Do you still need life insurance as a retiree? Despite what your insurance agent might say, this is a very legitimate question.
Over time, life insurance often becomes less necessary and more expensive — a combination that makes it an easy target as you look to trim expenses. However, for some retirees it doesn’t make sense to get rid of it.
Given how important of a decision this is, we highly recommend talking to professional planner. That said, you can also do some work on your own to figure out whether to maintain, scale-back, or eliminate your life insurance coverage.
As you start the process, here are five important questions to ask yourself:
1. How self-reliant are my dependents?
Life insurance is a vital safety net for young families since they often have high expenses and low savings. Over time, as children get older and nest eggs grow, that protection can become less necessary.
As you think about whether you need life insurance, take a look at your children, grandchildren, or other dependents. Are they counting on your income to meet their day-to-day needs? Or are they capable of paying their own expenses? If they are self-reliant you may be better off putting the money that you’re paying for premiums towards something else.
2. Does someone need my working income?
Retirement used to mean that you stop working completely. These days, that often isn’t the case. If you’re still working because savings, Social Security and pensions aren’t covering your expenses then it’s possible that your monthly income is supporting someone (a spouse, a dependent, or even an organization). Take a step back and think about who would be affected if your earnings disappeared.
3. Will my spouse be financially OK without me?
Many retirees maintain a life insurance policy because they are worried about their spouse’s welfare. This sometimes makes sense, especially if you have a pension or other income source that would be cut-off for your spouse if you passed away. However, often it is unnecessary.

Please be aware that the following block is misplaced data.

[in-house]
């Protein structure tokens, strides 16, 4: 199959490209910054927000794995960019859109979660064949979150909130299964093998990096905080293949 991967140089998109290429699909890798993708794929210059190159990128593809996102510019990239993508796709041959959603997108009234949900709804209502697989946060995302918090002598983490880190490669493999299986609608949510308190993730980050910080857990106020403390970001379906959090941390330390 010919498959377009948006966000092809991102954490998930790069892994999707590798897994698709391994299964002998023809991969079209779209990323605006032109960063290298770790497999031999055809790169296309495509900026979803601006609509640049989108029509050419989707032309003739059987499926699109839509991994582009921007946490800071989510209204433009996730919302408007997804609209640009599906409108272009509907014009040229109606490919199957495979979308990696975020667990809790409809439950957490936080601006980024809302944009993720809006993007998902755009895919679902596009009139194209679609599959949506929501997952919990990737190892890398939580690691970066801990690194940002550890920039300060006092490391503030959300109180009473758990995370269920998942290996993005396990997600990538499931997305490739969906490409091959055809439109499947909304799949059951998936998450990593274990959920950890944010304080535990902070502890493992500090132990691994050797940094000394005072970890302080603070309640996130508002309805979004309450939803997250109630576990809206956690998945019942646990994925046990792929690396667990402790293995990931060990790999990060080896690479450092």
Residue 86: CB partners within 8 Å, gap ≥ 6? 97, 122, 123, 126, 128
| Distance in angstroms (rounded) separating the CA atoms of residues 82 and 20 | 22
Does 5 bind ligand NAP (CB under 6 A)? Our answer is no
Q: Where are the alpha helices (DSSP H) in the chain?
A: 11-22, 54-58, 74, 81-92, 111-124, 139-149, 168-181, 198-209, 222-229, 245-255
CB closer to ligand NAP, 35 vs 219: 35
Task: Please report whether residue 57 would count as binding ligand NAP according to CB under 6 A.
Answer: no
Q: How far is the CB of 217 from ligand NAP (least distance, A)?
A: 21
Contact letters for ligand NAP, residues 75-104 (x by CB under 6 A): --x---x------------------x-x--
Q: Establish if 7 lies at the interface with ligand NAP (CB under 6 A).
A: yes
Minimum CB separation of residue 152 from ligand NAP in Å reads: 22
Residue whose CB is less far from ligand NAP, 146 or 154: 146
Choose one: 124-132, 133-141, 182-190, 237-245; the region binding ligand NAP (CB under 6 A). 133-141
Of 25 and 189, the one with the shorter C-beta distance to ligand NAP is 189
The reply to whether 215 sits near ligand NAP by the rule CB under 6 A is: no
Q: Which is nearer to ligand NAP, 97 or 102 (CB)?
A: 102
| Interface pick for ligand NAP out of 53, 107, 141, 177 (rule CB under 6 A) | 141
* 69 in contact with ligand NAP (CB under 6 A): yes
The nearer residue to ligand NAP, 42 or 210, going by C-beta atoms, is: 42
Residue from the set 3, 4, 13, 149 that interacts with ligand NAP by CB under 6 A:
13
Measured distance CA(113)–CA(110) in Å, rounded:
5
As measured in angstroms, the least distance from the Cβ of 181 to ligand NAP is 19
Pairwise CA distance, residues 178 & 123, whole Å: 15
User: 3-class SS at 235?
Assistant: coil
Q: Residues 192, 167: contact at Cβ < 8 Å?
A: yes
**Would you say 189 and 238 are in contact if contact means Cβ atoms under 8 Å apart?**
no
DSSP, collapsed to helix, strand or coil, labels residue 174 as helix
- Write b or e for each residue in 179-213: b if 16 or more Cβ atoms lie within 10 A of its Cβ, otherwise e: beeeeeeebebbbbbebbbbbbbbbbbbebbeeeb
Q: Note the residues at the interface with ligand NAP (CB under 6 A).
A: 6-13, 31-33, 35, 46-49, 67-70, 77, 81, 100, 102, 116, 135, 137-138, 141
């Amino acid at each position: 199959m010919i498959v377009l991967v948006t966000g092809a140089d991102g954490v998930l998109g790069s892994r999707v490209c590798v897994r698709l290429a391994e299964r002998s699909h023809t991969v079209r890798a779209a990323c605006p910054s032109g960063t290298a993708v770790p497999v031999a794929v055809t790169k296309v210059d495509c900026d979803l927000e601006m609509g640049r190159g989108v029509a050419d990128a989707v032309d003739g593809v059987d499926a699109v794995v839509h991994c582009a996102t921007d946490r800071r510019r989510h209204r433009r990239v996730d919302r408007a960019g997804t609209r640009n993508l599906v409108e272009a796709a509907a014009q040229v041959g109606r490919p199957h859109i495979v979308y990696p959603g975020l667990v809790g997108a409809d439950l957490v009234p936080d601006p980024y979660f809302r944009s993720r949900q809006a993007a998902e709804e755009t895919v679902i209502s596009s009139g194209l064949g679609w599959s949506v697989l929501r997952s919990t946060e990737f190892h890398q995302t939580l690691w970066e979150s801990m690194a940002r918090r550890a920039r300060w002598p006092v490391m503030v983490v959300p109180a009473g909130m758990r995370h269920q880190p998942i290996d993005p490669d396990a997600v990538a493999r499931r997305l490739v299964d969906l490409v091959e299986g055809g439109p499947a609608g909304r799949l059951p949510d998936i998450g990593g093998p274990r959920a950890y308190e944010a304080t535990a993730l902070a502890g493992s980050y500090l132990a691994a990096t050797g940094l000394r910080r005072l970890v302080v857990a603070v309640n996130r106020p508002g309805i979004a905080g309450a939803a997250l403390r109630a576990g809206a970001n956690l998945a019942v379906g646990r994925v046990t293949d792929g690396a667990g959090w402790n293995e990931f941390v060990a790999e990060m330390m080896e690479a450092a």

Look at your savings and other assets — will your spouse be the primary beneficiary? Also, does your spouse have income sources of their own? If so, then you may be better off putting those insurance premiums towards daily expenses or simply in savings.
4. Do I have any large outstanding debts?
Do you have big mortgage payments that will continue for years? Have you taken out other sizeable loans? Will your spouse or dependents be responsible for these debts? If so, maintaining life insurance coverage may make sense. However, there may also be more effective ways to tackle those payments. We suggest sitting down with a financial advisor to talk through your options.
5. Do I have enough money saved for burial or funeral expenses?
Often life insurance payouts are used by family members or friends to pay for funeral expenses. Before you eliminate your coverage make sure that you’ve saved enough to cover those costs (which often range from $5,000 to $20,000+). If you don’t have that amount of cash put aside you may want to at least maintain a small life insurance policy to cover burial expenses.
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